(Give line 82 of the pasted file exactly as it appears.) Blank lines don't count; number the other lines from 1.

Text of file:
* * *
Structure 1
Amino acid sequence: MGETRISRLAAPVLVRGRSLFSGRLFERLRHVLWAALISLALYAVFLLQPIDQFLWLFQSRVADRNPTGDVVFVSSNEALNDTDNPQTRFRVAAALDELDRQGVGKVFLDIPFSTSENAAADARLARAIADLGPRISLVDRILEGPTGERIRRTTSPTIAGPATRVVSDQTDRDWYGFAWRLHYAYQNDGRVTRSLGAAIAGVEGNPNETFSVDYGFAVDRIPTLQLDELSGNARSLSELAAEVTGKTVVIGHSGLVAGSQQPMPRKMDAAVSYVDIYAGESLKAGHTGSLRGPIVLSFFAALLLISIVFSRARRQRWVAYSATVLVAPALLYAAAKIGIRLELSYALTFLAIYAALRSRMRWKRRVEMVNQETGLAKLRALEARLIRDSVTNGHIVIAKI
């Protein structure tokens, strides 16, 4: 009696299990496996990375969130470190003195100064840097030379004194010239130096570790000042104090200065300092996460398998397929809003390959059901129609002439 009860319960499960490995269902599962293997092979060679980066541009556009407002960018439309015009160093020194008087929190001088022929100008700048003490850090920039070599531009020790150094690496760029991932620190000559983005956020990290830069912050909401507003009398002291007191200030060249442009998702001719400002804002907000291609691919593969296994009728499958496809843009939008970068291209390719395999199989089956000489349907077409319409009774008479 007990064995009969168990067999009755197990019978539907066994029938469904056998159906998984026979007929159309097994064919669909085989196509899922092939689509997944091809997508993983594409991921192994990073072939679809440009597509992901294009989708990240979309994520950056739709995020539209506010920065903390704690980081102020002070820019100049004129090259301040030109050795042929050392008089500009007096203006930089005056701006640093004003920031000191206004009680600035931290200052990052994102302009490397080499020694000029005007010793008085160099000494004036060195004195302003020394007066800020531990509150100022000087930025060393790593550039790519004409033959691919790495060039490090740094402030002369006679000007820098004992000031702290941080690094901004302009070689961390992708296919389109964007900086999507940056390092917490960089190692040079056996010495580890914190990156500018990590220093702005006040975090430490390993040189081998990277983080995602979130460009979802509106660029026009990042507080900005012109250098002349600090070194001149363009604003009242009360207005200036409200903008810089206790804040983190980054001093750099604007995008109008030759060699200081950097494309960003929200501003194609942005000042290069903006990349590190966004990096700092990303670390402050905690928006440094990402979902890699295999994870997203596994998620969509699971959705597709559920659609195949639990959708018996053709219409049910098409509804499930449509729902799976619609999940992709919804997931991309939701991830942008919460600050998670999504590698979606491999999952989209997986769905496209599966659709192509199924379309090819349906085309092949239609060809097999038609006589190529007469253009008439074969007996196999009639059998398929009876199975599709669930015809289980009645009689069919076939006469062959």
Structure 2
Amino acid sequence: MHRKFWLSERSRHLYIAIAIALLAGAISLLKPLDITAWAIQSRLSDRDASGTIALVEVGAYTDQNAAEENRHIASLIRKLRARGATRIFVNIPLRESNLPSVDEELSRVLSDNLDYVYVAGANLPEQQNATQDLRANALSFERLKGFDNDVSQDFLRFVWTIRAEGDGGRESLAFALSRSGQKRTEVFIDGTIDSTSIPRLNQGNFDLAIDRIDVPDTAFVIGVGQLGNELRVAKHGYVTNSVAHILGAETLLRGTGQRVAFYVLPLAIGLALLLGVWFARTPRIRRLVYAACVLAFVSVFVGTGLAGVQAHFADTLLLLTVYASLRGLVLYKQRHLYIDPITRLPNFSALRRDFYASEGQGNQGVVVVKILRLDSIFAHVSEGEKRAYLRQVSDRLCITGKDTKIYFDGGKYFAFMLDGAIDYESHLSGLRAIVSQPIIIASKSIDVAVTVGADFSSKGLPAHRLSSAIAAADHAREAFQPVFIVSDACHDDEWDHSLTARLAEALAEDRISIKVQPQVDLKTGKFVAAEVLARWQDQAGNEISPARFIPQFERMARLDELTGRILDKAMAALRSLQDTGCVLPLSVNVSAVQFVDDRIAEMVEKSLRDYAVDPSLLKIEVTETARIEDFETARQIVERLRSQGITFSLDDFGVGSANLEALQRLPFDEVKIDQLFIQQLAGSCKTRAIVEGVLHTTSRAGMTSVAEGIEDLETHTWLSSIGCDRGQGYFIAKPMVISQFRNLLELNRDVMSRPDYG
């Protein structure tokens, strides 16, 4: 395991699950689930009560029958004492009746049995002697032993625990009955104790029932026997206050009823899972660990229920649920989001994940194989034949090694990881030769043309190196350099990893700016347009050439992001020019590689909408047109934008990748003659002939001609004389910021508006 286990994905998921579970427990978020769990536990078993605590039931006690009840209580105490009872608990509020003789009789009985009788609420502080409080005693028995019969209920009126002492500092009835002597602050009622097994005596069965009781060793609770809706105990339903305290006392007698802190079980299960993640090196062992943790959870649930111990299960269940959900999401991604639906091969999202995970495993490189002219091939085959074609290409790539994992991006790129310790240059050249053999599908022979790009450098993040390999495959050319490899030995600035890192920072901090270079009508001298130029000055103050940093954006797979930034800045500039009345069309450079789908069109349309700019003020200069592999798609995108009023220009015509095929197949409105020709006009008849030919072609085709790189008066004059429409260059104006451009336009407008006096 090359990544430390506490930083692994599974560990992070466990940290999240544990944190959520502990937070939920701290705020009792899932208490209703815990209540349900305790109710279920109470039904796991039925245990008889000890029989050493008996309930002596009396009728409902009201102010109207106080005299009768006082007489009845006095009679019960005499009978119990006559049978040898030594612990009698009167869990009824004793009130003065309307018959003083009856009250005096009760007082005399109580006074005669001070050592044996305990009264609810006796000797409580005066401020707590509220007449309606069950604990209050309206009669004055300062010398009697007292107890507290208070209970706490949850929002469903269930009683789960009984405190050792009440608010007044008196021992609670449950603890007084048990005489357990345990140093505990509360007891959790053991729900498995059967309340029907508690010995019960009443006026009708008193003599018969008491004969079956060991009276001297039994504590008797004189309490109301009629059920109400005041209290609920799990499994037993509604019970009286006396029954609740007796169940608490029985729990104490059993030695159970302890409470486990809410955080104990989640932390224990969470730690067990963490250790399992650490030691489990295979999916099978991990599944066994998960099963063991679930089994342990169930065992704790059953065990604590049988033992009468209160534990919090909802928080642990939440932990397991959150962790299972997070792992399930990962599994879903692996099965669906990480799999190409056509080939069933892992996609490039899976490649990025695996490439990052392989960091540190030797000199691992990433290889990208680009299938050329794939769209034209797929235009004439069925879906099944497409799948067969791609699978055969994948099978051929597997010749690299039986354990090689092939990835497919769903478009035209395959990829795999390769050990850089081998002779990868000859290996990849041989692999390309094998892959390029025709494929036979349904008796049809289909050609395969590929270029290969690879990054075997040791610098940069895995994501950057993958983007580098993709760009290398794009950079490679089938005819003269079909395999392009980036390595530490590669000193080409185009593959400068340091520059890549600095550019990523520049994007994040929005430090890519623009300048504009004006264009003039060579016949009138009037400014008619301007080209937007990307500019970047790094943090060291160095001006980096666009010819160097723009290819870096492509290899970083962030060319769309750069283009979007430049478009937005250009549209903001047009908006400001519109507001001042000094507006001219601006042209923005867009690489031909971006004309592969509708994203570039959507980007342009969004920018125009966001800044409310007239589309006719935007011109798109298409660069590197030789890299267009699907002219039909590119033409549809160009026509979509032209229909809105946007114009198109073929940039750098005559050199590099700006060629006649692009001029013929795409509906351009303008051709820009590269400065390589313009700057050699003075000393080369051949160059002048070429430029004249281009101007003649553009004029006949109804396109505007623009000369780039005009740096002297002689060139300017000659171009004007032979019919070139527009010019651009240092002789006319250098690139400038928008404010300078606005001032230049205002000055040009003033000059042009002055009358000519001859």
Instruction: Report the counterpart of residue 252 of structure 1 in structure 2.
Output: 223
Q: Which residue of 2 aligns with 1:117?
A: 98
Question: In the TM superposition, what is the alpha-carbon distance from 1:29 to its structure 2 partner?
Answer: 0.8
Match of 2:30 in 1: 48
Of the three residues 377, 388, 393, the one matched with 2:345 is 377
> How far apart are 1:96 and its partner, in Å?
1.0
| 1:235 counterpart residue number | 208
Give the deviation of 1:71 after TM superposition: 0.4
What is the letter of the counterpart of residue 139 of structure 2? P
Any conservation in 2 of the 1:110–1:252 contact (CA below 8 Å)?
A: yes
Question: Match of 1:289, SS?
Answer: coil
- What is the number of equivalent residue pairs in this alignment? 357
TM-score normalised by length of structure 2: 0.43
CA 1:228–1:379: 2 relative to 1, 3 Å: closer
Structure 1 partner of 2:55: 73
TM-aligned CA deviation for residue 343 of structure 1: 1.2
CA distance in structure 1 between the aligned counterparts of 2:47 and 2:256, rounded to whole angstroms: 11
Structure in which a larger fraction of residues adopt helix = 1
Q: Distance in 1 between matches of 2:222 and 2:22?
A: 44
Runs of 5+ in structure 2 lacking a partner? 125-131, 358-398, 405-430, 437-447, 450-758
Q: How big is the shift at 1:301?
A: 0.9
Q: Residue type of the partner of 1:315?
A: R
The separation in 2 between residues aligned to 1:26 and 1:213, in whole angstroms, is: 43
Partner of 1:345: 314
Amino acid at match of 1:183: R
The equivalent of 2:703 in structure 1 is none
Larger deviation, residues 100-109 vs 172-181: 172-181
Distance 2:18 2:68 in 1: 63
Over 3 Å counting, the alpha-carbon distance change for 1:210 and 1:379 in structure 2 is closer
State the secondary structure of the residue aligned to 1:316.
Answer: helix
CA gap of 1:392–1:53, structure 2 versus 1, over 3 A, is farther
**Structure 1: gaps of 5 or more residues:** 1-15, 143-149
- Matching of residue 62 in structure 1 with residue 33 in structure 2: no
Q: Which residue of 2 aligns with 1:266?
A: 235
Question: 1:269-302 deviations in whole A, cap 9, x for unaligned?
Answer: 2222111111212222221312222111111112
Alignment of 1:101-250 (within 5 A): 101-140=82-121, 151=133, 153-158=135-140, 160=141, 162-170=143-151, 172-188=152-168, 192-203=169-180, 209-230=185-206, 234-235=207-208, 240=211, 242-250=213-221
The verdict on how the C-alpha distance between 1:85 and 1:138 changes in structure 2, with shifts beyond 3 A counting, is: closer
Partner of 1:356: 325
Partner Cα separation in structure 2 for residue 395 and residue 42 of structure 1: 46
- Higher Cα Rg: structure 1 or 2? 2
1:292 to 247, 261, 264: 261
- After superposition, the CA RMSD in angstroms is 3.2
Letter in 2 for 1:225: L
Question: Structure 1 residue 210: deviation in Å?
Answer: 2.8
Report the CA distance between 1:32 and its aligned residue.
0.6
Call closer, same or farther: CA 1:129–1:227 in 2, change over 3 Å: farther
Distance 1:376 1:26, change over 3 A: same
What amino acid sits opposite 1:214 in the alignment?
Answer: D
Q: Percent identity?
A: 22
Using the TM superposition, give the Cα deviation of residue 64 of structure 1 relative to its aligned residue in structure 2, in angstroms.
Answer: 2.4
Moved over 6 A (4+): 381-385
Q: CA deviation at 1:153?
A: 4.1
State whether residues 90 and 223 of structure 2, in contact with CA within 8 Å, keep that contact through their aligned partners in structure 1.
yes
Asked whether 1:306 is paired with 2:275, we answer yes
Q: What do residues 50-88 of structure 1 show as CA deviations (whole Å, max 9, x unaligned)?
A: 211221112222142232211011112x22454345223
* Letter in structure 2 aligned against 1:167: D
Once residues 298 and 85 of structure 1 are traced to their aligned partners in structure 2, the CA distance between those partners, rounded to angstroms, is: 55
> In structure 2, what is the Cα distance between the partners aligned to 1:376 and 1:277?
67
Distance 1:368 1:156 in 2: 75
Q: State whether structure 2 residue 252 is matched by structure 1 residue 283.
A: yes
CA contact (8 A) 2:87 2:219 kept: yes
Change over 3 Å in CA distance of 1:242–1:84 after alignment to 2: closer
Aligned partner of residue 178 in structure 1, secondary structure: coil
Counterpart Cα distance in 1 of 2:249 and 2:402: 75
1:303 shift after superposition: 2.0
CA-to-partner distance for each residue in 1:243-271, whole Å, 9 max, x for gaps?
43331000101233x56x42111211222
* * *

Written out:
* Letter in structure 2 aligned against 1:167: D